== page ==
“Defensive controls” on employees in cases of reasonable suspicion do not fall under Section 4 of Workers’ Statute

8 Ottobre 2021
Thanks to Giulia Conforto for collaborating on this article

With Ruling No. 25732 of September 22, 2021,[1] the Supreme Court of Cassation confirmed the survival of what are known as “defensive controls” after the reform of Section 4 of Law No. 300/1970 (known as the “Workers’ Statute”) regarding remote controls, deeming them lawful under certain conditions.


After it had been determined that a virus had spread throughout a company’s network, an employer (a Foundation) accessed the computer of an employee and found a downloaded file in the download folder on the employee’s hard disk that had been responsible for spreading the virus to the company’s network. The virus encrypted files on various network disks, making them unreadable and, therefore, unusable.

During the inspection, the employee was found to have accessed certain sites for long periods of time for personal reasons during working hours, evidence of a substantial interruption of work.

In view of this, the employee was dismissed for disciplinary reasons (for “just cause”).

The employee appealed to the Italian Data Protection Authority (the “Garante”), claiming that the employer had acquired the data it used as the basis of the disciplinary complaint that led to the employee’s dismissal in an unlawful manner.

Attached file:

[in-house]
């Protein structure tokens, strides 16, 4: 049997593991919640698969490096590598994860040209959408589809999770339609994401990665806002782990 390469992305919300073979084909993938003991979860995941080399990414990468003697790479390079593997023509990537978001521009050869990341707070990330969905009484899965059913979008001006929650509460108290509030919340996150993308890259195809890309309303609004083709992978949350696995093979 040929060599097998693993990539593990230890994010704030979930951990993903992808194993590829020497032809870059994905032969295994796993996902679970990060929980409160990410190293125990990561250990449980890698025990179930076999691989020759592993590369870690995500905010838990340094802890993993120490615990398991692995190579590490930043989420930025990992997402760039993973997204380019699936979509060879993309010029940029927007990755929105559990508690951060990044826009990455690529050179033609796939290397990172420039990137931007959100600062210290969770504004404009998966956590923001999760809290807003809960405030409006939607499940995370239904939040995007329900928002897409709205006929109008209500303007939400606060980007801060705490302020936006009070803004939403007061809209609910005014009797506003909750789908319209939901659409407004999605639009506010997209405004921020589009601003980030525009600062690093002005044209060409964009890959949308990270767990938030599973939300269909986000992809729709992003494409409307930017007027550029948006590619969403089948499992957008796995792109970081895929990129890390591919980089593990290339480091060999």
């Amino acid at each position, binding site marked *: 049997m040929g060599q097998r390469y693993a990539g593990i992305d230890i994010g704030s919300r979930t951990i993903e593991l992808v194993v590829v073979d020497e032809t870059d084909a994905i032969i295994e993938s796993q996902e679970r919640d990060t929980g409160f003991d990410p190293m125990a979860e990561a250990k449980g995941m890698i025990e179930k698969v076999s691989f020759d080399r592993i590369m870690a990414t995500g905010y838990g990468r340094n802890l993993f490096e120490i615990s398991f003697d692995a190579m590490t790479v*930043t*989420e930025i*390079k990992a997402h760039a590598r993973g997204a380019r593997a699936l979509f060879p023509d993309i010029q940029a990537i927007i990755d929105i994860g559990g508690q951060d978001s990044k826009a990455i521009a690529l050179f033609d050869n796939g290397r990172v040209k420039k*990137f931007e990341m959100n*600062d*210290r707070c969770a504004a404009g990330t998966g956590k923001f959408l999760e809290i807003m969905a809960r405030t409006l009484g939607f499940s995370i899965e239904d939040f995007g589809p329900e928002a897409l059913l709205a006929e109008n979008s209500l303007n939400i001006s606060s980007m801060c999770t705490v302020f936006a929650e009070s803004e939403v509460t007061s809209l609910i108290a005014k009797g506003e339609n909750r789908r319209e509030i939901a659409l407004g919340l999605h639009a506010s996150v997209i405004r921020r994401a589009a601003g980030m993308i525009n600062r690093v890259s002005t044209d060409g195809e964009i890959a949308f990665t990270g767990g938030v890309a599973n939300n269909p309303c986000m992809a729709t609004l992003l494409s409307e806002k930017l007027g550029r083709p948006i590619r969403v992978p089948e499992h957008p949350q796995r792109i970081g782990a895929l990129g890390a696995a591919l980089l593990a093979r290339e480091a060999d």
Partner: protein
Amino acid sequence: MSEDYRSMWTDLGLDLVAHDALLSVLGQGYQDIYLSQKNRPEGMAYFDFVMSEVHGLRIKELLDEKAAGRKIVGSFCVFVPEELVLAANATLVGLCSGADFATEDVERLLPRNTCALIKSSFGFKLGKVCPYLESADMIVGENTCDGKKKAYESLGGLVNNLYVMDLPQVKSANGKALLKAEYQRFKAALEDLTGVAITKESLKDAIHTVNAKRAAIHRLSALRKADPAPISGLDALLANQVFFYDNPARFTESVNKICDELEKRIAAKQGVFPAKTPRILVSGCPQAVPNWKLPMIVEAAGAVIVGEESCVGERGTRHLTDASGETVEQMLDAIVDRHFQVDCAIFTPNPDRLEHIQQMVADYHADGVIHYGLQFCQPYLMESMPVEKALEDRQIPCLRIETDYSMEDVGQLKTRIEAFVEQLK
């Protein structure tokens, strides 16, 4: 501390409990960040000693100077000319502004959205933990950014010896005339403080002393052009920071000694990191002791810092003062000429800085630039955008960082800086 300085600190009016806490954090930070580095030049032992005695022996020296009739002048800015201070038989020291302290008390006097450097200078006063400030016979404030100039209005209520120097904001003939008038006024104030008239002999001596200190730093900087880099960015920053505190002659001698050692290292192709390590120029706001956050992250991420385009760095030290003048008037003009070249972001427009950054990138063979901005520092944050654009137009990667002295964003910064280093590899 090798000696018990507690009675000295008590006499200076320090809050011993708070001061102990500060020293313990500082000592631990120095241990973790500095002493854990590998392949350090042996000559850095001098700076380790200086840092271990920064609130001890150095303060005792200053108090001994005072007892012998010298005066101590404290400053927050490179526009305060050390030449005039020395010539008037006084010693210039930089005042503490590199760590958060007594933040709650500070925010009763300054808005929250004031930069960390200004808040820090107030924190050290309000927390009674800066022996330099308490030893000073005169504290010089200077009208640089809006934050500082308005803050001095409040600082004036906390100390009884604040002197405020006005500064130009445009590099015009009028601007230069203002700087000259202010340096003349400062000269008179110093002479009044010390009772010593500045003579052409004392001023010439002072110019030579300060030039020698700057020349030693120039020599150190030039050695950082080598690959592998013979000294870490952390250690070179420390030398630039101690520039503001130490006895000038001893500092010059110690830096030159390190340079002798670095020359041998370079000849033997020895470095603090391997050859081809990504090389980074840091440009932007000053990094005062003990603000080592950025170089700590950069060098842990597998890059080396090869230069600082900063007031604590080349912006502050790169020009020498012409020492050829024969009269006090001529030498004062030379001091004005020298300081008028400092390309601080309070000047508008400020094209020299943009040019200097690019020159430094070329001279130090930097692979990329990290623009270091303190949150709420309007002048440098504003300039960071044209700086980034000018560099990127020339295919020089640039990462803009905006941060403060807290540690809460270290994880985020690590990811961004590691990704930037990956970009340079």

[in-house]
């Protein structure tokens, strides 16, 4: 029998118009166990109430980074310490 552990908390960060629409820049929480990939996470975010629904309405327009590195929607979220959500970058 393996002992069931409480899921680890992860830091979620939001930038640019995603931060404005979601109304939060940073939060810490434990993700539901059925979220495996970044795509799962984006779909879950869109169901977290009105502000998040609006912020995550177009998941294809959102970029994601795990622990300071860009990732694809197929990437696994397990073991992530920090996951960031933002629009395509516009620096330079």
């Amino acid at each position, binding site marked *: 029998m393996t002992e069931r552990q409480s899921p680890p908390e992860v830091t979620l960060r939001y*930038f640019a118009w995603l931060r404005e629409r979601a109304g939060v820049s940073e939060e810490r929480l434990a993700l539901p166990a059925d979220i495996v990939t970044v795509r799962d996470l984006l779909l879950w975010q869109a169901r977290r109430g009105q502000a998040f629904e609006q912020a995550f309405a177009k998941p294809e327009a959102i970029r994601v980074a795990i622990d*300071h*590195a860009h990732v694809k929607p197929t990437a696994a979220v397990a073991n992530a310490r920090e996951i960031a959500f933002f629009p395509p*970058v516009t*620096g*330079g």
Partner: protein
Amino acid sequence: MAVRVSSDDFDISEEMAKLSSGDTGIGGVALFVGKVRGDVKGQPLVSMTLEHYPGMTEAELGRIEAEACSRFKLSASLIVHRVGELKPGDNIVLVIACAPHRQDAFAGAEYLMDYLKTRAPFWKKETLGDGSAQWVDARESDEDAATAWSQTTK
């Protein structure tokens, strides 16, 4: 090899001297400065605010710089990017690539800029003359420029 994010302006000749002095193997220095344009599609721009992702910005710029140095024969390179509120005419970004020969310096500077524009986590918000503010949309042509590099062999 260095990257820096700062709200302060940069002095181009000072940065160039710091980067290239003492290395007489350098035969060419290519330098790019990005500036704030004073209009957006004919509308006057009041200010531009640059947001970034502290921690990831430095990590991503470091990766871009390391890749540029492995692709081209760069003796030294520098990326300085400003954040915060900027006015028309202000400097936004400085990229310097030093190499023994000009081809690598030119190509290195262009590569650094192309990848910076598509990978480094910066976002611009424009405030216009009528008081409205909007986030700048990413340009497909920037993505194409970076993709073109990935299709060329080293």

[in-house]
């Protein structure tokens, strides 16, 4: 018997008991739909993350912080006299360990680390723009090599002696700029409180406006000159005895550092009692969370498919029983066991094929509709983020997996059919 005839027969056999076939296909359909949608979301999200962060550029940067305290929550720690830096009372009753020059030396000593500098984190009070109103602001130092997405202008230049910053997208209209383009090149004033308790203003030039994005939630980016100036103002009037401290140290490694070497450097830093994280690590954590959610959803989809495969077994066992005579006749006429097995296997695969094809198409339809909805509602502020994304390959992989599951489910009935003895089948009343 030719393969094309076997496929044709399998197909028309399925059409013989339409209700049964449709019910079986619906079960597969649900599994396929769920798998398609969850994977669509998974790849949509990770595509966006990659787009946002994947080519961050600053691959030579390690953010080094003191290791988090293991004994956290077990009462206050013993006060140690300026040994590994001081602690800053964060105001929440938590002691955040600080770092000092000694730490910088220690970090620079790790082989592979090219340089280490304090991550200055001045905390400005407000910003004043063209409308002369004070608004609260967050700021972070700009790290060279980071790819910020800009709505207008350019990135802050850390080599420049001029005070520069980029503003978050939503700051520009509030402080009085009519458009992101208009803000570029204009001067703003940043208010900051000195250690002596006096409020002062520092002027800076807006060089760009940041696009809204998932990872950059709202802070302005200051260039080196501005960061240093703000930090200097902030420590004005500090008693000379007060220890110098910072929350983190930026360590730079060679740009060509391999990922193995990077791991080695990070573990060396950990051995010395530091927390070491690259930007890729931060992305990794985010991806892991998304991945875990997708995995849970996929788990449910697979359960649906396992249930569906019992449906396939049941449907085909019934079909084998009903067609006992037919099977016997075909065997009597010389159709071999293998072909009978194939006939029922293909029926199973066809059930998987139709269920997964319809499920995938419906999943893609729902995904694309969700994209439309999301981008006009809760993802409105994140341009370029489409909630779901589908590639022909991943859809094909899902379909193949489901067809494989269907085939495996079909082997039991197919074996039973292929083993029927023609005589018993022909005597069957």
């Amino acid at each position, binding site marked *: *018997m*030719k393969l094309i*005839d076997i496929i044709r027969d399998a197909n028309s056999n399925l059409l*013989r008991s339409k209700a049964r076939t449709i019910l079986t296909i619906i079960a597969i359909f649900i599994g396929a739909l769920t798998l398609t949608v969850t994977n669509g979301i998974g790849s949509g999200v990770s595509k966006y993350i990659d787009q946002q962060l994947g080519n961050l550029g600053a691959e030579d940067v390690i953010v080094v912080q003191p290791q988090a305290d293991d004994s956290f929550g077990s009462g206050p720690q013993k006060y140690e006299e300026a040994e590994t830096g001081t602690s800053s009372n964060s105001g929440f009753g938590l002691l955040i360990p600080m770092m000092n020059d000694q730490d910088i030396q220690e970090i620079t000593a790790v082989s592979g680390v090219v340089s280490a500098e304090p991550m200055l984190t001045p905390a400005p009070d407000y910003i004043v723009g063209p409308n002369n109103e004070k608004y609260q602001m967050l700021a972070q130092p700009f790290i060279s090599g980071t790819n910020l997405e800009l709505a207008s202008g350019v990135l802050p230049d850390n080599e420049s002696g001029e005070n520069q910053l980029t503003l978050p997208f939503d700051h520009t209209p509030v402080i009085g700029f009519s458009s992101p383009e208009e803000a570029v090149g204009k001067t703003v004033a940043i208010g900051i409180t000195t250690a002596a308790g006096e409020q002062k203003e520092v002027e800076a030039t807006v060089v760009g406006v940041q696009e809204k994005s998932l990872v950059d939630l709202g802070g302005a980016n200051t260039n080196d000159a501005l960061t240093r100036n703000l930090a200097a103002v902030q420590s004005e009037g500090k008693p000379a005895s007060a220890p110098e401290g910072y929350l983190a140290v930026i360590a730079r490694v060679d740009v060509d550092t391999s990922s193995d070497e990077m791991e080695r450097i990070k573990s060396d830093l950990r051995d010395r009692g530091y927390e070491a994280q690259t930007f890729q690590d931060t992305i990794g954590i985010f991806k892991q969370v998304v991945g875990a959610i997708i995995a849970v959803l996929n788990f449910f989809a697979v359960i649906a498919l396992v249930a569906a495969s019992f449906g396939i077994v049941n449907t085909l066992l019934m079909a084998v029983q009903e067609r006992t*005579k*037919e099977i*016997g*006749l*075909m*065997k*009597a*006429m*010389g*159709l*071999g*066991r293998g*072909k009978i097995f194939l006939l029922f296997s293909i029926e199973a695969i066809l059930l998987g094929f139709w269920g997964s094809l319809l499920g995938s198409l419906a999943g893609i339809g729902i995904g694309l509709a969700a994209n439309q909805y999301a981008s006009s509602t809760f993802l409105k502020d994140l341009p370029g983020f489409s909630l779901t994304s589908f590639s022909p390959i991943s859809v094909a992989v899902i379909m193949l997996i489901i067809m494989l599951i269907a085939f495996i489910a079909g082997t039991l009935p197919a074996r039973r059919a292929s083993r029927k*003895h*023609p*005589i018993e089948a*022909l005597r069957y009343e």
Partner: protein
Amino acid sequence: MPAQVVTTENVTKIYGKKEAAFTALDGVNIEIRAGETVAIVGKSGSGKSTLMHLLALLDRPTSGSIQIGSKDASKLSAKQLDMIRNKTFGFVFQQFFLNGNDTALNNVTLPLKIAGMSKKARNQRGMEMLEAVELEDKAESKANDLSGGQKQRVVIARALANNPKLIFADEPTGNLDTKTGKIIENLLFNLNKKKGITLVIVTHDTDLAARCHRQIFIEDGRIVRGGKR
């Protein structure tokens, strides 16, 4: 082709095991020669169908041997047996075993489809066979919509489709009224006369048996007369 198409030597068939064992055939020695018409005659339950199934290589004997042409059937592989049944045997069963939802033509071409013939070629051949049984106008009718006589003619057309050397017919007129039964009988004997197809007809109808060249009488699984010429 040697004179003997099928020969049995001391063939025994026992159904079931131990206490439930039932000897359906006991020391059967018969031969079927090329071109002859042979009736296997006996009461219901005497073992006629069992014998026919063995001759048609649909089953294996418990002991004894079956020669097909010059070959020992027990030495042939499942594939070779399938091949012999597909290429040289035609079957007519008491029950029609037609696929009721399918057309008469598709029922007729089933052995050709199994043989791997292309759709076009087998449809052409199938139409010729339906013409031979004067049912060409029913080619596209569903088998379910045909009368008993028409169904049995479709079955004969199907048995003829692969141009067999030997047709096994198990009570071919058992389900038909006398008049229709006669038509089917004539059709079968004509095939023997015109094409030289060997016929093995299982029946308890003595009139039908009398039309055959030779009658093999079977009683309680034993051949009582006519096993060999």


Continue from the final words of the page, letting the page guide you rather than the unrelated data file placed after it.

With an order dated October 12, 2016,[2] the Garante upheld the employee’s claim and ordered the employer to refrain from processing further the data acquired from the browser history on the company computer used by the claimant and relating to the period covered by the controls, “except for the mere storage of the same for the purposes of their possible acquisition by the courts.”

On March 28, 2018, the Court of Rome confirmed this order.

The Court of Appeals of Rome, however, rejected the employee’s appeal, ruling that there had been no violation of Section 4 of the Workers’ Statute, given that inspection of the company computer was necessary in order to verify the origin of the virus that had infected the Foundation’s computer system.

The employee then filed an appeal with the Court of Cassation.


In its ruling, the Supreme Court of Cassation first addressed the issue of the compatibility of what are commonly known as “defensive controls,” as defined by case law prior to the amendment of Section 4 of the Workers’ Statute pursuant to Legislative Decree No. 151/2015, with the post-reform regulatory framework.

According to pre-reform case law, the purpose of “defensive controls” was to uncover unlawful or prohibited conduct on the part of employees who were not covered under the scope of application of the aforementioned Section 4, provided that they were not designed to verify the performance of their duties but rather to safeguard company assets.

There was doubt as to the survival of such controls in a post-reform scenario, because the new Section 4 of the Workers’ Statute admits the exercise of such controls for the “protection of company assets” provided that the signing of an agreement with work councils or the authorization of the local Labor Inspectorate (ITL) is obtained by the employer and that the employee is given adequate information on how to use the tools and how the controls on such tools may be carried out by the employer, in compliance with the Data Protection rules.